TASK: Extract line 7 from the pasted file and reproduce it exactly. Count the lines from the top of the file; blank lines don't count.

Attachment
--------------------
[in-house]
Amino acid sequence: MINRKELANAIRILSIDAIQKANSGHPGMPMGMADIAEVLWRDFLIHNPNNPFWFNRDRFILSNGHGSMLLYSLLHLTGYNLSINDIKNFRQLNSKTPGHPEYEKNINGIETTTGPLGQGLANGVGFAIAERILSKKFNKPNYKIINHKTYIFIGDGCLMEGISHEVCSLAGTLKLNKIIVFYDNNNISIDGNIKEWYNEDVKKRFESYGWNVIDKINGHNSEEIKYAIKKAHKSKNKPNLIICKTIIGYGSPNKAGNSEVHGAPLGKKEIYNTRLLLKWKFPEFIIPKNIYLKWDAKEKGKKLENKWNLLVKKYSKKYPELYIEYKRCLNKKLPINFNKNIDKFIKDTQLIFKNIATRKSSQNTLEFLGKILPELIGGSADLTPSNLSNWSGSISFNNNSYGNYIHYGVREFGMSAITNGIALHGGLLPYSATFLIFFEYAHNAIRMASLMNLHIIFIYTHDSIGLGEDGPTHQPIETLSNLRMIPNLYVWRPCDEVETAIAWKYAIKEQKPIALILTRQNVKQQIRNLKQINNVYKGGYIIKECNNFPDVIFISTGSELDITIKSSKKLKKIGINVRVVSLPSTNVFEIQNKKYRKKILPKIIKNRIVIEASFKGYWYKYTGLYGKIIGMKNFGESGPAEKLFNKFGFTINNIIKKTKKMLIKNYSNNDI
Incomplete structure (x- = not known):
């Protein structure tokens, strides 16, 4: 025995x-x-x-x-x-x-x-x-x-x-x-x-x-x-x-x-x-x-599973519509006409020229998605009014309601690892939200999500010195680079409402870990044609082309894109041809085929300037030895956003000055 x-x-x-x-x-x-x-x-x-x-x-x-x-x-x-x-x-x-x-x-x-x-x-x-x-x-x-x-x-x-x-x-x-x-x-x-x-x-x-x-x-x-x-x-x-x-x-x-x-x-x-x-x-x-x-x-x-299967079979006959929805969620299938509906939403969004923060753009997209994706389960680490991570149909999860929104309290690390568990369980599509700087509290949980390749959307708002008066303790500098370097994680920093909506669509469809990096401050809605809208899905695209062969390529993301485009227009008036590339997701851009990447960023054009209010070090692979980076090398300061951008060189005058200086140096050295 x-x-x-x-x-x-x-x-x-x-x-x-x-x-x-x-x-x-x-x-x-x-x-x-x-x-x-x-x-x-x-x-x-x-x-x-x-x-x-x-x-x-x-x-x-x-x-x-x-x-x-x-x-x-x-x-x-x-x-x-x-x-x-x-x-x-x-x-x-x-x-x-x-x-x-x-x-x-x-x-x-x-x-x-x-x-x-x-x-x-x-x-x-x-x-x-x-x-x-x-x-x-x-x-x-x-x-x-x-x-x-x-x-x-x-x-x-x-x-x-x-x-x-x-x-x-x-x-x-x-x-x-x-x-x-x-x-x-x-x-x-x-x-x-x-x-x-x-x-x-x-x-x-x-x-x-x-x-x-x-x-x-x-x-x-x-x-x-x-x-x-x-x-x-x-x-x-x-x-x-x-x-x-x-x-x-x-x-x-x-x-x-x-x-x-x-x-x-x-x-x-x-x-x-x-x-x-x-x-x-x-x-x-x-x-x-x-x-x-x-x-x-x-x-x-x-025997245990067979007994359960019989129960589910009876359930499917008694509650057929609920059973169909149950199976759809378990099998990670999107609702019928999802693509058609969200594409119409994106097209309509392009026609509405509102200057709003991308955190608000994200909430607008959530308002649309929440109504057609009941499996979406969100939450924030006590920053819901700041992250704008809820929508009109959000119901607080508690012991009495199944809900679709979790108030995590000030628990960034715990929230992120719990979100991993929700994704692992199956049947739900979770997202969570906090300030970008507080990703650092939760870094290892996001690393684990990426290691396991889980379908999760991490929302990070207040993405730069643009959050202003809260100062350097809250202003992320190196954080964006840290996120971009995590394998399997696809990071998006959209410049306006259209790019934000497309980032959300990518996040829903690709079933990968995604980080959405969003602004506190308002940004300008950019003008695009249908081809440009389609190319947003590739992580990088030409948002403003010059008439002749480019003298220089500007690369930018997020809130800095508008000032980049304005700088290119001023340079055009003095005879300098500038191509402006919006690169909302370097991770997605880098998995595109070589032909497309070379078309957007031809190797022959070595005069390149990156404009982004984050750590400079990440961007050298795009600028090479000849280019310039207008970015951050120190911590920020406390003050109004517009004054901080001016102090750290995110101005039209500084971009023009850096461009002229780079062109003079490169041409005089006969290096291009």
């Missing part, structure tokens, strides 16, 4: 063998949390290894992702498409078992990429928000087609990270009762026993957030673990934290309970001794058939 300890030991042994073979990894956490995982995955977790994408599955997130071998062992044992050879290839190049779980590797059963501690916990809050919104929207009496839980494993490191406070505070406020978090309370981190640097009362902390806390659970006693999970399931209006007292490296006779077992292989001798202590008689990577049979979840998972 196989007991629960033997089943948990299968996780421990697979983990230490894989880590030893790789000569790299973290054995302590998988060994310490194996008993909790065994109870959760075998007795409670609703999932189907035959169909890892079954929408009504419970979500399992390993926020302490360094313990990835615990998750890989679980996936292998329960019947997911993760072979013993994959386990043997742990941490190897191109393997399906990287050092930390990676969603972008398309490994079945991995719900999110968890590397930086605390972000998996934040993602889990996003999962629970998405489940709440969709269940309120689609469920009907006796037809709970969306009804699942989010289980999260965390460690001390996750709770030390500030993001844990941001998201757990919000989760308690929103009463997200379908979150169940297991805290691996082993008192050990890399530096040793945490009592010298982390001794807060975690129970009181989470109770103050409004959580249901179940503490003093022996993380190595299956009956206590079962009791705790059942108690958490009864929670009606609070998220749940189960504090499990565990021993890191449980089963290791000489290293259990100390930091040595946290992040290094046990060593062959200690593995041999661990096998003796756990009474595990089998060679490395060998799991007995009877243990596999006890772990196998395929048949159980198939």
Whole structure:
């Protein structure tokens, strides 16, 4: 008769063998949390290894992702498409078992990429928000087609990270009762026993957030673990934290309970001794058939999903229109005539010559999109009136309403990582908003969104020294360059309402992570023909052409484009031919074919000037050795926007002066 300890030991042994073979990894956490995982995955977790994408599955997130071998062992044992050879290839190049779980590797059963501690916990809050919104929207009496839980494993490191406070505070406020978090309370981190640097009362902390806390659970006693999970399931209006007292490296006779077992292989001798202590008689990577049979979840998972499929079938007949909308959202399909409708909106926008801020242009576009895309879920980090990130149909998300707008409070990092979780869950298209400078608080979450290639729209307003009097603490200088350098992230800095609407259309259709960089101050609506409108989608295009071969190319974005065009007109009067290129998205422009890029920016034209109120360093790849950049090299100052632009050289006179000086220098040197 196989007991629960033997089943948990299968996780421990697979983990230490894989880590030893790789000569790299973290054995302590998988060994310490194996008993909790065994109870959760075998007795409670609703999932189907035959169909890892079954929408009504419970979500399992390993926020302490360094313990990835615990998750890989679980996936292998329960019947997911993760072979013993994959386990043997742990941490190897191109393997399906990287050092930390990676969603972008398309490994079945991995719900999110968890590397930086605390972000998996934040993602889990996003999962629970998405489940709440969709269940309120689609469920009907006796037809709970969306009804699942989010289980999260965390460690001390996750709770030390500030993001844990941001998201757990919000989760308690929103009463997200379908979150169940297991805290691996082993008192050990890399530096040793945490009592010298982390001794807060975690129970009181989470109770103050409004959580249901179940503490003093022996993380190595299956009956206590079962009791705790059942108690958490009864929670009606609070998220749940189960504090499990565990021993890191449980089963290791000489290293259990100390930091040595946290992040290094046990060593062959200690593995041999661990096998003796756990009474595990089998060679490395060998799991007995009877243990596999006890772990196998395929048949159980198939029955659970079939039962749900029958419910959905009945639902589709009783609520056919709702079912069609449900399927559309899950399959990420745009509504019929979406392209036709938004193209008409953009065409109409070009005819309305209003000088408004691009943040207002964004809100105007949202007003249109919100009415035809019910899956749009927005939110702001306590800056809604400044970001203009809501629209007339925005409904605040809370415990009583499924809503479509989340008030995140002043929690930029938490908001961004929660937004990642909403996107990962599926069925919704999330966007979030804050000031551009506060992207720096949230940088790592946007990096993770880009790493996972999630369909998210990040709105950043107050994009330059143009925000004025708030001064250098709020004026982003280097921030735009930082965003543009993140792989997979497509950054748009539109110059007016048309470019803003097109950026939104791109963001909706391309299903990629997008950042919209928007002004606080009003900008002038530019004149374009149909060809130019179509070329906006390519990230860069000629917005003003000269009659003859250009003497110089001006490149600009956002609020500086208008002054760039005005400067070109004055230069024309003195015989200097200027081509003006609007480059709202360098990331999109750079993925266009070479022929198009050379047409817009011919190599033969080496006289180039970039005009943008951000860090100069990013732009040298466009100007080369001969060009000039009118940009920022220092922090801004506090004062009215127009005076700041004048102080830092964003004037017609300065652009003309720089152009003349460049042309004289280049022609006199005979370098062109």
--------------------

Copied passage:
């Protein structure tokens, strides 16, 4: 008769063998949390290894992702498409078992990429928000087609990270009762026993957030673990934290309970001794058939999903229109005539010559999109009136309403990582908003969104020294360059309402992570023909052409484009031919074919000037050795926007002066 300890030991042994073979990894956490995982995955977790994408599955997130071998062992044992050879290839190049779980590797059963501690916990809050919104929207009496839980494993490191406070505070406020978090309370981190640097009362902390806390659970006693999970399931209006007292490296006779077992292989001798202590008689990577049979979840998972499929079938007949909308959202399909409708909106926008801020242009576009895309879920980090990130149909998300707008409070990092979780869950298209400078608080979450290639729209307003009097603490200088350098992230800095609407259309259709960089101050609506409108989608295009071969190319974005065009007109009067290129998205422009890029920016034209109120360093790849950049090299100052632009050289006179000086220098040197 196989007991629960033997089943948990299968996780421990697979983990230490894989880590030893790789000569790299973290054995302590998988060994310490194996008993909790065994109870959760075998007795409670609703999932189907035959169909890892079954929408009504419970979500399992390993926020302490360094313990990835615990998750890989679980996936292998329960019947997911993760072979013993994959386990043997742990941490190897191109393997399906990287050092930390990676969603972008398309490994079945991995719900999110968890590397930086605390972000998996934040993602889990996003999962629970998405489940709440969709269940309120689609469920009907006796037809709970969306009804699942989010289980999260965390460690001390996750709770030390500030993001844990941001998201757990919000989760308690929103009463997200379908979150169940297991805290691996082993008192050990890399530096040793945490009592010298982390001794807060975690129970009181989470109770103050409004959580249901179940503490003093022996993380190595299956009956206590079962009791705790059942108690958490009864929670009606609070998220749940189960504090499990565990021993890191449980089963290791000489290293259990100390930091040595946290992040290094046990060593062959200690593995041999661990096998003796756990009474595990089998060679490395060998799991007995009877243990596999006890772990196998395929048949159980198939029955659970079939039962749900029958419910959905009945639902589709009783609520056919709702079912069609449900399927559309899950399959990420745009509504019929979406392209036709938004193209008409953009065409109409070009005819309305209003000088408004691009943040207002964004809100105007949202007003249109919100009415035809019910899956749009927005939110702001306590800056809604400044970001203009809501629209007339925005409904605040809370415990009583499924809503479509989340008030995140002043929690930029938490908001961004929660937004990642909403996107990962599926069925919704999330966007979030804050000031551009506060992207720096949230940088790592946007990096993770880009790493996972999630369909998210990040709105950043107050994009330059143009925000004025708030001064250098709020004026982003280097921030735009930082965003543009993140792989997979497509950054748009539109110059007016048309470019803003097109950026939104791109963001909706391309299903990629997008950042919209928007002004606080009003900008002038530019004149374009149909060809130019179509070329906006390519990230860069000629917005003003000269009659003859250009003497110089001006490149600009956002609020500086208008002054760039005005400067070109004055230069024309003195015989200097200027081509003006609007480059709202360098990331999109750079993925266009070479022929198009050379047409817009011919190599033969080496006289180039970039005009943008951000860090100069990013732009040298466009100007080369001969060009000039009118940009920022220092922090801004506090004062009215127009005076700041004048102080830092964003004037017609300065652009003309720089152009003349460049042309004289280049022609006199005979370098062109």